DV Clinic provides UC Law student opportunity to make a difference

Woman with hands on hips standing by sign that reads "college of law"

For third-year student Alexa Edwards, the Domestic Violence and Civil Protection Order Clinic proved to be a valuable experience. Her desire to be involved with the clinic stemmed from a passion for helping others.

“I studied communication and psychology at the University of Louisville,” she recalls, “and I didn’t exactly know what I wanted to do until after the 2016 election, when I knew I wanted to do something with law.”

Edwards was highly interested in the clinic because it was a way to get involved in public interest law and, in particular, women’s issues. Through this experience, she learned just how important it was to listen to clients, especially because they have a lot to say. Lawyers, and even law students, can be the person who just listens to the client, which is an important part of being a good advocate for them.

“Law can be intimidating,” she says, “especially for people who already have things going against them, like their gender and race.” Edwards expresses how glad she is that there are programs like the DV Clinic that help and advocate for people who are caught up in the complex environment of law.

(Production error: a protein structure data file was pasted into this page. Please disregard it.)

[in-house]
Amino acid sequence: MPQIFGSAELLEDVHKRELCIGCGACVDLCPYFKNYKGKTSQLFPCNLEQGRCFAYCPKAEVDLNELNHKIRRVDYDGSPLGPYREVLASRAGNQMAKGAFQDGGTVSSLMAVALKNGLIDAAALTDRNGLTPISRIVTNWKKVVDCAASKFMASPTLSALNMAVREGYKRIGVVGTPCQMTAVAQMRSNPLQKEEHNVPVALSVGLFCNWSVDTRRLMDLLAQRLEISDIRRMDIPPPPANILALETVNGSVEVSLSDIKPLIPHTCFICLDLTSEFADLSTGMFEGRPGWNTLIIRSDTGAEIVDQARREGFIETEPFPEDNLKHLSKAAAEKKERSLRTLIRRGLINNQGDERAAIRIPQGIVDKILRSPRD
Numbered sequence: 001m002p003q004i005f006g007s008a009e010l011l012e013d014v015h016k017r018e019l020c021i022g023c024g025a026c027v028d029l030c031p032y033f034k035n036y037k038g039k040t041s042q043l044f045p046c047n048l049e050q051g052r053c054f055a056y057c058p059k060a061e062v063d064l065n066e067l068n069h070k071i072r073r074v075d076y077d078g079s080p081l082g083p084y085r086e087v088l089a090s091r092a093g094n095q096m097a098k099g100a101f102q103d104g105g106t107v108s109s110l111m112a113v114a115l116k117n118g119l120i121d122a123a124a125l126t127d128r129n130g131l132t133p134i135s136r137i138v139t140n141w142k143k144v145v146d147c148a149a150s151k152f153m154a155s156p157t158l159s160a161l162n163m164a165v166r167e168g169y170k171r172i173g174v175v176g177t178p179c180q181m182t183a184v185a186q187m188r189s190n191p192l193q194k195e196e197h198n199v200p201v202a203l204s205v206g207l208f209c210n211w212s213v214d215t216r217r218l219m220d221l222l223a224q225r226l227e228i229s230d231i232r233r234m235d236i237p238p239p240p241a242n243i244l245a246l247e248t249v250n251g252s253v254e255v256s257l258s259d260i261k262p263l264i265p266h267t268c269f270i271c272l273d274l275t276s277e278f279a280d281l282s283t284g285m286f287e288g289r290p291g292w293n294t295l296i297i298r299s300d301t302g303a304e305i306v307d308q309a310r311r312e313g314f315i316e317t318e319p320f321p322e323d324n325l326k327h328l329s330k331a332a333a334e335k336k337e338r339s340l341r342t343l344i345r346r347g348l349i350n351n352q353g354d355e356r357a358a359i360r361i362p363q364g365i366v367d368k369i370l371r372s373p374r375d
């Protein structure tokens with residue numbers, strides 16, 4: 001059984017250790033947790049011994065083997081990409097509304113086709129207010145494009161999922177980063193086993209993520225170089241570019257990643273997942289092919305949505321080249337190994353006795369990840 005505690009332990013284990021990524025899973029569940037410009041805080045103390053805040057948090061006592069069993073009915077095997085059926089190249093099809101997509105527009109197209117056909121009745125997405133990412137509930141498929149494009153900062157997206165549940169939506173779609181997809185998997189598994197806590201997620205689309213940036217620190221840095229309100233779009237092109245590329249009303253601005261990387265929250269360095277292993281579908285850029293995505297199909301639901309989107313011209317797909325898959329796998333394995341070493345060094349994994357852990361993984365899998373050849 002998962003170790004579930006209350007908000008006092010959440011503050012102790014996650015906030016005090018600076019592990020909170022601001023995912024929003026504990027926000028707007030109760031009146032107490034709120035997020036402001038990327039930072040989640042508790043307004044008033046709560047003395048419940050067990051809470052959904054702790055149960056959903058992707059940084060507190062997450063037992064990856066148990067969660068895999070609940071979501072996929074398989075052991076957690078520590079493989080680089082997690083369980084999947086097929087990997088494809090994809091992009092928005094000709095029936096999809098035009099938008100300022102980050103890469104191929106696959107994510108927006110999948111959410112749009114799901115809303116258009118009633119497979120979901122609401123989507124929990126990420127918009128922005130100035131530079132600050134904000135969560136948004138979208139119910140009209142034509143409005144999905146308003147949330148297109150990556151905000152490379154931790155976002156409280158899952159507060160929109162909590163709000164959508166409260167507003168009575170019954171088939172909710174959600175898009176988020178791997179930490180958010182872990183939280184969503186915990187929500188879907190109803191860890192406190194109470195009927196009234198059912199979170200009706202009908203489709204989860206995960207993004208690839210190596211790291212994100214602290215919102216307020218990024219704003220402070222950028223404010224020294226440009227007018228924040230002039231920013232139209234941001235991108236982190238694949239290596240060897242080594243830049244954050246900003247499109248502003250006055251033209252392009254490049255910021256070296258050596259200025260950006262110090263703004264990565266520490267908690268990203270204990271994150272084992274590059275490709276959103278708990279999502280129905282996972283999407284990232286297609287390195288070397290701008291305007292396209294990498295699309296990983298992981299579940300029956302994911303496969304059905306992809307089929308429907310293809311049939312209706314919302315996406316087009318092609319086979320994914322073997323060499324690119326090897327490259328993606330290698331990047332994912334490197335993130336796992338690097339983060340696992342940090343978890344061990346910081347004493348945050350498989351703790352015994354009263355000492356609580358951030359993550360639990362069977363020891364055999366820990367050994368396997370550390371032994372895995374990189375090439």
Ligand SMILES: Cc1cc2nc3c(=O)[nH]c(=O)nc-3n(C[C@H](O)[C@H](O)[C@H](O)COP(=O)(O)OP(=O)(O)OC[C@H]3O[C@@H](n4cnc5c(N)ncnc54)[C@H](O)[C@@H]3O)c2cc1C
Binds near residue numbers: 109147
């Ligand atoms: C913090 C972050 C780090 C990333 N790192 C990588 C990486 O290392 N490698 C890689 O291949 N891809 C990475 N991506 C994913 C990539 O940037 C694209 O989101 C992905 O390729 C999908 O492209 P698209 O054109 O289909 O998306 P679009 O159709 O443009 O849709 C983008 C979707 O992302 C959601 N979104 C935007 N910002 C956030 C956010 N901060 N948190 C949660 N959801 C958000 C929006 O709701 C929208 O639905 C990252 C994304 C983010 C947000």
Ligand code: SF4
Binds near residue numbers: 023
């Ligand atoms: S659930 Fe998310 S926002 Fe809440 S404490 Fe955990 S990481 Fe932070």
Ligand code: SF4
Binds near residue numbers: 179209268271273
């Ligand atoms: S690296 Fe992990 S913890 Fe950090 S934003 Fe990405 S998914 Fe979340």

I believe all human rights issues are affected by gender inequality.

Alexa Edwards

Furthermore, the clinic was a good way to get experience in the field.  

She says, “it was great to sit in on civil protection order hearings, and hopefully, eventually, I’ll do a hearing myself.” Her favorite part has been meeting with clients and providing them the resources to get through this tough time in their lives. “I’ve learned a lot that way, by meeting and speaking with the people I work with.”

Edwards also found the clinic to be an excellent outlet to practice everything she’s learned at UC Law. “Learning by doing is really important, so I’m excited to actually work on my skills in a practical forum. I really enjoyed the clinic, and I look forward to finding more ways in which I can help people with my law degree.”

While many areas of the law represent human and civil rights issues, Edwards has always been interested in the intersection of gender with other aspects of identity. 

”I believe all human rights issues are affected by gender inequality,” she says, “and I hope to follow a path that may one day allow me to assist individuals in fighting against oppression they deal with because of their identities or other outside forces.”

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